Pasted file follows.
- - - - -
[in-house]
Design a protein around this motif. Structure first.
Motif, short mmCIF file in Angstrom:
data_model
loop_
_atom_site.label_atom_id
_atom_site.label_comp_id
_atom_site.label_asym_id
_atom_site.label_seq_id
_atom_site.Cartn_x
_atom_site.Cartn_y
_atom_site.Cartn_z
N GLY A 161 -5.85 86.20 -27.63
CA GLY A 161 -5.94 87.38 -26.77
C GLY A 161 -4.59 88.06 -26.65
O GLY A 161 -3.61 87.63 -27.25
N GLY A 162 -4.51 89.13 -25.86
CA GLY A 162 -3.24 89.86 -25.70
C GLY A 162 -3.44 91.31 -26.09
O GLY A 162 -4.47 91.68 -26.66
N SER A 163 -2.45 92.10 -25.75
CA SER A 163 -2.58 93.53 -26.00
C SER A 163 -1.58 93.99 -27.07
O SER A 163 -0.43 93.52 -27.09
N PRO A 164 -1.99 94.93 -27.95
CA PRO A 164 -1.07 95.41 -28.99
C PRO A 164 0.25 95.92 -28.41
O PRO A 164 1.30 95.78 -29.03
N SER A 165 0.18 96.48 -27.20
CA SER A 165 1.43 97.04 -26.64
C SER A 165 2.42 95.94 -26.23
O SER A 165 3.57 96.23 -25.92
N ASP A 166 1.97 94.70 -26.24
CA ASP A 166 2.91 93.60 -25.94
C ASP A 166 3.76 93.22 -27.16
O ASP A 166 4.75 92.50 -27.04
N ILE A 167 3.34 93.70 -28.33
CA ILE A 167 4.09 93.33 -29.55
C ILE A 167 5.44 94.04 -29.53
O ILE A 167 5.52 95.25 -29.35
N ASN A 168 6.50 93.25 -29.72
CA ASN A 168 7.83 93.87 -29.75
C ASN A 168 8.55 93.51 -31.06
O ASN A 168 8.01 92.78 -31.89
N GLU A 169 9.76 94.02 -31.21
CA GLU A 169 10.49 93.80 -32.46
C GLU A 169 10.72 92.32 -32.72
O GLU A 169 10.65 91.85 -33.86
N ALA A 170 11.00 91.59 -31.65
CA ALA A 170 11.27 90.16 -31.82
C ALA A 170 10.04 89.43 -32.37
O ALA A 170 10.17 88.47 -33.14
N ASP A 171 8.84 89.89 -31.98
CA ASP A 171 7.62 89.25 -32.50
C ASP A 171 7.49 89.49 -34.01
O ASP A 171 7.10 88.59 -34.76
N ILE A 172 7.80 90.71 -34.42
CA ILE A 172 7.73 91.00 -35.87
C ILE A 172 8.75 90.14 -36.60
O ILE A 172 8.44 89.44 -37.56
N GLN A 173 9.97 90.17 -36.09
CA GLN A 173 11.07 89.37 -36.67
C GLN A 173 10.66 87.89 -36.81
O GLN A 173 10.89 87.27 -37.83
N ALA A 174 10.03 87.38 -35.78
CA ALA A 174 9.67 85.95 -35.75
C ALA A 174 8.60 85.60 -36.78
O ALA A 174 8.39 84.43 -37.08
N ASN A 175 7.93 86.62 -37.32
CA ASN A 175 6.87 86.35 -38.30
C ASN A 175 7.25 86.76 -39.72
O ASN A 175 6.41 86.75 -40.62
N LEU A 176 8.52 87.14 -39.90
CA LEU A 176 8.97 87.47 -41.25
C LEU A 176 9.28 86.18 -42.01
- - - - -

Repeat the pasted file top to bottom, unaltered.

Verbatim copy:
[in-house]
Design a protein around this motif. Structure first.
Motif, short mmCIF file in Angstrom:
data_model
loop_
_atom_site.label_atom_id
_atom_site.label_comp_id
_atom_site.label_asym_id
_atom_site.label_seq_id
_atom_site.Cartn_x
_atom_site.Cartn_y
_atom_site.Cartn_z
N GLY A 161 -5.85 86.20 -27.63
CA GLY A 161 -5.94 87.38 -26.77
C GLY A 161 -4.59 88.06 -26.65
O GLY A 161 -3.61 87.63 -27.25
N GLY A 162 -4.51 89.13 -25.86
CA GLY A 162 -3.24 89.86 -25.70
C GLY A 162 -3.44 91.31 -26.09
O GLY A 162 -4.47 91.68 -26.66
N SER A 163 -2.45 92.10 -25.75
CA SER A 163 -2.58 93.53 -26.00
C SER A 163 -1.58 93.99 -27.07
O SER A 163 -0.43 93.52 -27.09
N PRO A 164 -1.99 94.93 -27.95
CA PRO A 164 -1.07 95.41 -28.99
C PRO A 164 0.25 95.92 -28.41
O PRO A 164 1.30 95.78 -29.03
N SER A 165 0.18 96.48 -27.20
CA SER A 165 1.43 97.04 -26.64
C SER A 165 2.42 95.94 -26.23
O SER A 165 3.57 96.23 -25.92
N ASP A 166 1.97 94.70 -26.24
CA ASP A 166 2.91 93.60 -25.94
C ASP A 166 3.76 93.22 -27.16
O ASP A 166 4.75 92.50 -27.04
N ILE A 167 3.34 93.70 -28.33
CA ILE A 167 4.09 93.33 -29.55
C ILE A 167 5.44 94.04 -29.53
O ILE A 167 5.52 95.25 -29.35
N ASN A 168 6.50 93.25 -29.72
CA ASN A 168 7.83 93.87 -29.75
C ASN A 168 8.55 93.51 -31.06
O ASN A 168 8.01 92.78 -31.89
N GLU A 169 9.76 94.02 -31.21
CA GLU A 169 10.49 93.80 -32.46
C GLU A 169 10.72 92.32 -32.72
O GLU A 169 10.65 91.85 -33.86
N ALA A 170 11.00 91.59 -31.65
CA ALA A 170 11.27 90.16 -31.82
C ALA A 170 10.04 89.43 -32.37
O ALA A 170 10.17 88.47 -33.14
N ASP A 171 8.84 89.89 -31.98
CA ASP A 171 7.62 89.25 -32.50
C ASP A 171 7.49 89.49 -34.01
O ASP A 171 7.10 88.59 -34.76
N ILE A 172 7.80 90.71 -34.42
CA ILE A 172 7.73 91.00 -35.87
C ILE A 172 8.75 90.14 -36.60
O ILE A 172 8.44 89.44 -37.56
N GLN A 173 9.97 90.17 -36.09
CA GLN A 173 11.07 89.37 -36.67
C GLN A 173 10.66 87.89 -36.81
O GLN A 173 10.89 87.27 -37.83
N ALA A 174 10.03 87.38 -35.78
CA ALA A 174 9.67 85.95 -35.75
C ALA A 174 8.60 85.60 -36.78
O ALA A 174 8.39 84.43 -37.08
N ASN A 175 7.93 86.62 -37.32
CA ASN A 175 6.87 86.35 -38.30
C ASN A 175 7.25 86.76 -39.72
O ASN A 175 6.41 86.75 -40.62
N LEU A 176 8.52 87.14 -39.90
CA LEU A 176 8.97 87.47 -41.25
C LEU A 176 9.28 86.18 -42.01